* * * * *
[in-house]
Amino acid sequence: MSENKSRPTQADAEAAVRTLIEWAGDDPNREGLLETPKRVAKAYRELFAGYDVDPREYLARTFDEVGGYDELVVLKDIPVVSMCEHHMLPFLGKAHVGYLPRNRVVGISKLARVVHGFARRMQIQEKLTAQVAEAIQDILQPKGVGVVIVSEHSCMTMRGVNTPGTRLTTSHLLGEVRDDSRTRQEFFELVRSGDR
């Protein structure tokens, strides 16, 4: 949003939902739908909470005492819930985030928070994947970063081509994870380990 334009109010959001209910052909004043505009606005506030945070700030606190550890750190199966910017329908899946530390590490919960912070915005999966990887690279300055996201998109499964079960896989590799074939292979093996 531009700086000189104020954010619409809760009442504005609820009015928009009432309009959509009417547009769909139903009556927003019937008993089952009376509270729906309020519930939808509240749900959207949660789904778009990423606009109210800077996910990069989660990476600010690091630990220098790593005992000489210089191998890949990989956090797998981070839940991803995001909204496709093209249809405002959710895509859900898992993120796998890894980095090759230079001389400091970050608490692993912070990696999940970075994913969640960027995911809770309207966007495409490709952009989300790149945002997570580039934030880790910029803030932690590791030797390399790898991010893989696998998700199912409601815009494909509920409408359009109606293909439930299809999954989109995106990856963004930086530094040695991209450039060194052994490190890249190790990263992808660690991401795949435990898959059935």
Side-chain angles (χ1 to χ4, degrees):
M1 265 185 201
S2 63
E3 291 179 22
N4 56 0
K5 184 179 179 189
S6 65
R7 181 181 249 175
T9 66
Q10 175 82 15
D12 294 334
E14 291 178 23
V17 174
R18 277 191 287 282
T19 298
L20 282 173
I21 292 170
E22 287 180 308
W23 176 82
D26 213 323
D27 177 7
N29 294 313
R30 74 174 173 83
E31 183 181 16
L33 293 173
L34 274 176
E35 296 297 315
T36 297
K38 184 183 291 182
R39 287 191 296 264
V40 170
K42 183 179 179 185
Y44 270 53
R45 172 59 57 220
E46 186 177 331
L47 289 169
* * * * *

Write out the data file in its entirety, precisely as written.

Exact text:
[in-house]
Amino acid sequence: MSENKSRPTQADAEAAVRTLIEWAGDDPNREGLLETPKRVAKAYRELFAGYDVDPREYLARTFDEVGGYDELVVLKDIPVVSMCEHHMLPFLGKAHVGYLPRNRVVGISKLARVVHGFARRMQIQEKLTAQVAEAIQDILQPKGVGVVIVSEHSCMTMRGVNTPGTRLTTSHLLGEVRDDSRTRQEFFELVRSGDR
């Protein structure tokens, strides 16, 4: 949003939902739908909470005492819930985030928070994947970063081509994870380990 334009109010959001209910052909004043505009606005506030945070700030606190550890750190199966910017329908899946530390590490919960912070915005999966990887690279300055996201998109499964079960896989590799074939292979093996 531009700086000189104020954010619409809760009442504005609820009015928009009432309009959509009417547009769909139903009556927003019937008993089952009376509270729906309020519930939808509240749900959207949660789904778009990423606009109210800077996910990069989660990476600010690091630990220098790593005992000489210089191998890949990989956090797998981070839940991803995001909204496709093209249809405002959710895509859900898992993120796998890894980095090759230079001389400091970050608490692993912070990696999940970075994913969640960027995911809770309207966007495409490709952009989300790149945002997570580039934030880790910029803030932690590791030797390399790898991010893989696998998700199912409601815009494909509920409408359009109606293909439930299809999954989109995106990856963004930086530094040695991209450039060194052994490190890249190790990263992808660690991401795949435990898959059935």
Side-chain angles (χ1 to χ4, degrees):
M1 265 185 201
S2 63
E3 291 179 22
N4 56 0
K5 184 179 179 189
S6 65
R7 181 181 249 175
T9 66
Q10 175 82 15
D12 294 334
E14 291 178 23
V17 174
R18 277 191 287 282
T19 298
L20 282 173
I21 292 170
E22 287 180 308
W23 176 82
D26 213 323
D27 177 7
N29 294 313
R30 74 174 173 83
E31 183 181 16
L33 293 173
L34 274 176
E35 296 297 315
T36 297
K38 184 183 291 182
R39 287 191 296 264
V40 170
K42 183 179 179 185
Y44 270 53
R45 172 59 57 220
E46 186 177 331
L47 289 169